Organisation: Brazilian Tuberculosis Research Network – REDE-TB

Earlier on this year, REDE-TB an IMPAACT4TB grantee rallied other Brazilian civil society partners to understand the impact of the Covid-19 pandemic on HIV/AIDS and TB policies, as well as the diagnostic, treatment and prevention coverage of these diseases in states, capitals, and federal districts of the country.


The emergence of COVID-19 required extraordinary efforts from the areas of health, social assistance, civil society and academia in all countries to ensure prevention and to offer treatment to people affected by the new coronavirus. Before the pandemic hit, these partners were undertaking political advocacy in partnership with parliamentary commissions on the introduction and scale-up of innovative TB and HIV/AIDS technologies, with a focus on access to newer and short-course preventive treatment for TB (TPT). Faced with the threat of the coronavirus pandemic, alternative strategies were needed.


At the end of March 2020, the Ministry of Health, through the Department of Diseases in Chronic Conditions and Sexually Transmitted Infections and the General Coordination for the Surveillance of Chronic Conditions and Respiratory Transmitted Diseases (CGDR-DDCCIST-SVS-MS) published guidelines and circulars for the prevention and treatment of COVID-19 in people living with HIV and AIDS (PLWHA) and TB. Brazilian national movements against AIDS and tuberculosis TB, through community-based research methods, sought to verify the possible impacts of the Covid-19 pandemic on the population undergoing treatment for TB, HIV / AIDS, TB / HIV co-infection, and TB preventive treatment. The focus of this intervention was to verify whether these guidelines were incorporated and implemented in the states, capitals, and Federal District of the country. Lastly, this work sought to understand the impact of the financial and technical sustainability of programs in Brazilian states and capitals.

The signature piece of this effort was the conceptualisation and development of a survey that was conducted by Brazilian civil society. The survey employed a structured electronic questionnaire, with a mixed qualitative-quantitative approach, using Google Docs and SurveyMonkey platforms. Survey data were collected in three stages for three groups of respondents: heads of program, health service users, and health service professionals. Questionnaires were adapted for each group and included both closed and open-ended (descriptive) questions.


 Preliminary data covering responses from the program heads points to a major impact of Covid-19 on HIV, AIDS and TB policies. We observed an approximately 40% reduction in access to early HIV diagnosis and loss of laboratory capacity for the diagnosis of TB. In addition, the impacts are noticeable in the areas of social assistance and prevention, including people in need of preventive treatment for TB, as well as in the de-financing of TB and HIV and AIDS programs. These setbacks are associated with prioritizing actions to face Covid-19 and relocating professionals to work in this area. We are currently analyzing data collected from the health professionals and health service users and will share results soon.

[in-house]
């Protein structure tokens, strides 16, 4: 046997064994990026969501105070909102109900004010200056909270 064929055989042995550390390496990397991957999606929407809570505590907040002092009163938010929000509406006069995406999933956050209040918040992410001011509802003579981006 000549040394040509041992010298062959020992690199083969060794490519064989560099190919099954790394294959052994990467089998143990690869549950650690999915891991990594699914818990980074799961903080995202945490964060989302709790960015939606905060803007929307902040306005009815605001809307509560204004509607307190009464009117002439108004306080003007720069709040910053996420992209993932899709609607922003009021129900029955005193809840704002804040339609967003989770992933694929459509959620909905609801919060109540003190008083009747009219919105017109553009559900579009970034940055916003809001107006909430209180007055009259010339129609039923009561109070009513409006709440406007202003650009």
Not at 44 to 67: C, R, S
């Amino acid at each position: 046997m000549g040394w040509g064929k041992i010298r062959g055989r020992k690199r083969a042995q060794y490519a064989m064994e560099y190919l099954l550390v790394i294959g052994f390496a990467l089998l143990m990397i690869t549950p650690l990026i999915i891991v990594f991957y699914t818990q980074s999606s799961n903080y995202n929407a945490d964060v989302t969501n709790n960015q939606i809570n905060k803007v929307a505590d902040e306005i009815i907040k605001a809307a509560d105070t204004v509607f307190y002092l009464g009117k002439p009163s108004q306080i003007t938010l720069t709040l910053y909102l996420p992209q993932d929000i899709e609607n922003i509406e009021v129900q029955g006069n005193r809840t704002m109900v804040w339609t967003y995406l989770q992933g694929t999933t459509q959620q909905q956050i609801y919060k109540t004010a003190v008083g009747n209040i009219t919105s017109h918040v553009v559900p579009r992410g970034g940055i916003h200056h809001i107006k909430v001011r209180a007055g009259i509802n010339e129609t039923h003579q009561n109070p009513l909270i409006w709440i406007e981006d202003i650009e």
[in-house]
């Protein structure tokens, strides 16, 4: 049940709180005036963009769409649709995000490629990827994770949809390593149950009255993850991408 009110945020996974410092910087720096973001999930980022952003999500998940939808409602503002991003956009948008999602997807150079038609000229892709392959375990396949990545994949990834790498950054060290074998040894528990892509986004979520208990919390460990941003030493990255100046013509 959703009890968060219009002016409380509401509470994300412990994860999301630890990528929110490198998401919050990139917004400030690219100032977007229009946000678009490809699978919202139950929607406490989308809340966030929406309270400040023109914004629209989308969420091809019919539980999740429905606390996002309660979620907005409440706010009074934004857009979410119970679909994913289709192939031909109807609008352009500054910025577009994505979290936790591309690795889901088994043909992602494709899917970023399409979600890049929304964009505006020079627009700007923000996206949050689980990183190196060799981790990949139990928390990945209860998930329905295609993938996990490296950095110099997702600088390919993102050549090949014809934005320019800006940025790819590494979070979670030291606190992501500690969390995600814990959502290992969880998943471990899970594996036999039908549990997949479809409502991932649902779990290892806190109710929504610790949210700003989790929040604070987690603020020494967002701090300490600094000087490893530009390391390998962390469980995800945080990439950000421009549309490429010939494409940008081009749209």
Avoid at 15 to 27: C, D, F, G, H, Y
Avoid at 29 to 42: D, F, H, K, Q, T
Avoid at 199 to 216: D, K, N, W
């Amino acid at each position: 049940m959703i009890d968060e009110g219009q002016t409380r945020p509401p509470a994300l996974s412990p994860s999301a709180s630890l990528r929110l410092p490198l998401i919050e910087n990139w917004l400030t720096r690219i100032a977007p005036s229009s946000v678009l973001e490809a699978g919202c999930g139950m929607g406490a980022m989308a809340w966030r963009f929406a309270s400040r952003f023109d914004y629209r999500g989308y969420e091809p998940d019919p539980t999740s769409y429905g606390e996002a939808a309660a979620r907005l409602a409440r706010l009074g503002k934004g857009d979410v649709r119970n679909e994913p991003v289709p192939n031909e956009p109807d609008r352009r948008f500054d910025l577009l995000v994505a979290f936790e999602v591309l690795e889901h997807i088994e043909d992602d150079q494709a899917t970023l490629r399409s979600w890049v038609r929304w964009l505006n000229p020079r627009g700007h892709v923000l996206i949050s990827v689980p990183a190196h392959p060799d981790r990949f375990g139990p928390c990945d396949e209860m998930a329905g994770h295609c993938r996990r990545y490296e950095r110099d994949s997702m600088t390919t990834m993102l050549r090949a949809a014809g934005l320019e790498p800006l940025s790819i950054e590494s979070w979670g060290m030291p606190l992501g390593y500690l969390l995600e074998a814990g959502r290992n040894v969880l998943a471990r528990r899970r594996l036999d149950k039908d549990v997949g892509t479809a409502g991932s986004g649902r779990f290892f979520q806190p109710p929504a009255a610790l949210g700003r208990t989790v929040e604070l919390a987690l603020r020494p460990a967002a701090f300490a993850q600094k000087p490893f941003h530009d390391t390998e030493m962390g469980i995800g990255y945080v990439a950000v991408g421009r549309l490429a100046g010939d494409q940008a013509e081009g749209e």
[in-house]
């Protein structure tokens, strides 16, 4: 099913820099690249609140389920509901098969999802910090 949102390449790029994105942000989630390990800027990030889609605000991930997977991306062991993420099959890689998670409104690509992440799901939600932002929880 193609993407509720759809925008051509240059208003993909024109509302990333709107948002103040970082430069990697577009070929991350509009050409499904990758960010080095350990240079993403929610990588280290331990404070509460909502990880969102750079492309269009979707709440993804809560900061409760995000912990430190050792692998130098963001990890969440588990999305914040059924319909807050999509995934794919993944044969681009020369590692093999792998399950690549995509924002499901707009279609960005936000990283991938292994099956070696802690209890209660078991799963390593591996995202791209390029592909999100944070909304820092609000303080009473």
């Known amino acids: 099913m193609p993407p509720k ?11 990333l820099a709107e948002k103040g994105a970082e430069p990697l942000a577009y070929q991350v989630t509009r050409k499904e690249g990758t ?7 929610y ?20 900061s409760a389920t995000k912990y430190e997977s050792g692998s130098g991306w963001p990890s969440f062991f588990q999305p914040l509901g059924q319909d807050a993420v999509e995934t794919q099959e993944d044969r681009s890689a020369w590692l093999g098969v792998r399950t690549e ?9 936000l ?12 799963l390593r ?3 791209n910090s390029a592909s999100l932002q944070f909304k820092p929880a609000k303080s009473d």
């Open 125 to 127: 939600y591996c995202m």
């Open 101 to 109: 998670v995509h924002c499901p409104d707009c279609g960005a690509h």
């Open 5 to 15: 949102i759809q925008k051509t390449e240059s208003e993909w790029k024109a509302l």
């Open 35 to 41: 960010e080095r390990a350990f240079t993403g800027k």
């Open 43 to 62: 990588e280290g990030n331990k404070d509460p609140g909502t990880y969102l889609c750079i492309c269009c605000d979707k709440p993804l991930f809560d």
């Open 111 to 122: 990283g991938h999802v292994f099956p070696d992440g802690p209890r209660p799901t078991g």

Conducting research to monitor public policy is a powerful advocacy strategy. The data collected are a testament to the political impact of civil society. They also enabled a more assertive and purposeful performance in political spaces for the construction of policies to fight TB, such as government commissions, advocacy with the parliamentarian, and other segments of civil society. This effort also speaks to the diversity of Brazilian civil society: this work has benefitted from the expertise of Brazilian AIDS and TB activists, with the support of the National Articulation Against AIDS (ANAIDS), the Brazilian Social Articulation for Confronting Tuberculosis (ART TB BRASIL), the Community Committee for Monitoring Tuberculosis Research in Brazil (CCAP TB Brasil), and the Civil Society Segment of the Brazilian Partnership against Tuberculosis, and the Civil Society Task Force for WHO (WHO-CSTF).

Written by Carla Almeida & Jose Carlo Veloso

 Carla and Veloso, two civil society leaders in Brazil supported by the IMPAACT4TB project, write about how civil society acted quickly to protect TB and HIV programs against the worst impacts of COVID-19.



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